Only a year ago operators had a virtual monopoly for distribution of mobile applications and developers had to beg to get on deck. It was difficult to get on deck, it was expensive to get certified on every handset, revenue share was low, and it was difficult to stay on deck because discovery by consumers was difficult.
But the tables have been turned now. Competition for developers is at an all-time high. Handset OEMs, OS players, development tool vendors, social networks, game consoles, operators, infra providers are all luring developers. In fact, many developer programs have even created multimillion dollar funds to subsidize developers for their platform (such as the $10M Open Screen Project Fund my team and I set up for Adobe with Nokia).
I just read that Apple is rumored to be developing a digital payment platorm and this prompted me to post this article about another possible missed opportunity for mobile operators I’ve been thinking about.
For the longest time mobile operators have closely guarded important assets such as their customers’ location, messaging, and billing relationship. As revenue growth from consumers is slowing, the talk in the industry is that operators should leverage these assets to generate revenue from third parties who value them. For example, an application developer could incorporate location information to differentiate his application from the 1000’s of other apps in the app stores. Another application could use text messaging for notifications, and a game developer could charge users on the operator’s bill to upgrade to a new level.
This all makes sense and would enable operators to avoid the same commoditization fate that the internet service providers already suffered. The problem is that operators are not moving fast enough and these capabilities are now becoming available outside of the operator domain:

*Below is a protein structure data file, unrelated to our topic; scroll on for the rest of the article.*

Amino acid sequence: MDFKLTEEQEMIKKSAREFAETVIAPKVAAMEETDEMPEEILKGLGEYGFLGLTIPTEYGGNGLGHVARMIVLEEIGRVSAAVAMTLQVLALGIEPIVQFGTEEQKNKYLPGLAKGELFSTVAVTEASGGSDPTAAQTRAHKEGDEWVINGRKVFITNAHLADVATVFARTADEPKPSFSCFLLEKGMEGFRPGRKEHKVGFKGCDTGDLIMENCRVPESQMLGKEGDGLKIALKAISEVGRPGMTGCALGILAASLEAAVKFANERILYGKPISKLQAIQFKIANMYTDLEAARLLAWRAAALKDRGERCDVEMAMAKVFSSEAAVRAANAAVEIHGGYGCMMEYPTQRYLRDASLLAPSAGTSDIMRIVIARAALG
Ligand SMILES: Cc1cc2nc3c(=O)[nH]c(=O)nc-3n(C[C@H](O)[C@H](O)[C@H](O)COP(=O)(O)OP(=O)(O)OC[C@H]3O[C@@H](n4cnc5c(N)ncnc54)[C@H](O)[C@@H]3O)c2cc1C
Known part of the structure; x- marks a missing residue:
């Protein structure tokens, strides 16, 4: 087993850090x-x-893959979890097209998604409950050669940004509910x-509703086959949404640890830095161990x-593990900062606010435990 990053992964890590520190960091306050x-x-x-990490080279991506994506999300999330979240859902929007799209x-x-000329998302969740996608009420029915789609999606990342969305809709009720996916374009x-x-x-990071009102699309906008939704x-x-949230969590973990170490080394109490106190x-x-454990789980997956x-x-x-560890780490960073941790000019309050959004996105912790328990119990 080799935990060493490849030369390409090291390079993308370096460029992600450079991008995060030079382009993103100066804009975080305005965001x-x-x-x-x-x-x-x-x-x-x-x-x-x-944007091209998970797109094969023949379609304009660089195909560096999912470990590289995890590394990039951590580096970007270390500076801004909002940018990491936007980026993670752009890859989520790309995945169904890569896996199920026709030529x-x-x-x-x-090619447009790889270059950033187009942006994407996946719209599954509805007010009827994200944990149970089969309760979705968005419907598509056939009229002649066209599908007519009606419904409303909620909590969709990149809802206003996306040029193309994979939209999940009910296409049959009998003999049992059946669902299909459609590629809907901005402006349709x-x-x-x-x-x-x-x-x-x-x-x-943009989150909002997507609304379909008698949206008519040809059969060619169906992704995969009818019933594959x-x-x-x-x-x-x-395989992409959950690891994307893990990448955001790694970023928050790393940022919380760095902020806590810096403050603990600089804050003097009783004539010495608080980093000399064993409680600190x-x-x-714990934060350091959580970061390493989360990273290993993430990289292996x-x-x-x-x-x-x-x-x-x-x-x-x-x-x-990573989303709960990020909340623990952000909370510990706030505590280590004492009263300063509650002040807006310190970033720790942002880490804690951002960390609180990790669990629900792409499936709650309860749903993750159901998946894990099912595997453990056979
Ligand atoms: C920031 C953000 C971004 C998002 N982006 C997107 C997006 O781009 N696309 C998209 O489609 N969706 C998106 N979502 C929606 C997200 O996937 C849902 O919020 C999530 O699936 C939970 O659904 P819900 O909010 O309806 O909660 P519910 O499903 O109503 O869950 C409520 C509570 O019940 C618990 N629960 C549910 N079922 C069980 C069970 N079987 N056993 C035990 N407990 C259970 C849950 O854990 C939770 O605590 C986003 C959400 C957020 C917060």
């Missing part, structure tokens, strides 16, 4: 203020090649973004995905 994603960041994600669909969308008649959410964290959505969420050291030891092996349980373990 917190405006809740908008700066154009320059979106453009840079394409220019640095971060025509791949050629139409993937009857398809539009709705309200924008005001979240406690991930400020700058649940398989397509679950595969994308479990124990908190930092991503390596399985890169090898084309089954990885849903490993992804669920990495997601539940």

A while ago I attended Fierce’s Mobile Operating System Debate webinar and could not help but notice the dismal future of BREW as a platform for mobile application development. As illustrated on slide 5 (see presentation from webinar referenced above), iGR found that ZERO percent of existing mobile developers surveyed planned to develop for BREW in the future. We could debate the specifics of the data in the survey, but it is clear that BREW is losing developer mind share rapidly (while Apple, Google and RIM are all gaining share, as confirmed by iGR’s survey).
To make matters worse, just yesterday Lowell McAdam, Verizon’s CEO, announced that Verizon (BREW’s biggest supporter) will be putting its weight behind the Java platform as part of its new effort to open its network to application developers. Could this be the final nail in the coffin for BREW? It’s not clear, but please voice your opinion via the poll below. In any case, what is most important is to understand the key lessons learned from the BREW experience:
Once upon a time operator branded app stores were thought to be doing well. After all, lots of games, screen savers, and ring tones were being downloaded on mass market feature phones. Qualcomm bragged about its thriving developer community and Verizon’s Get it Now store was a good case study in the industry.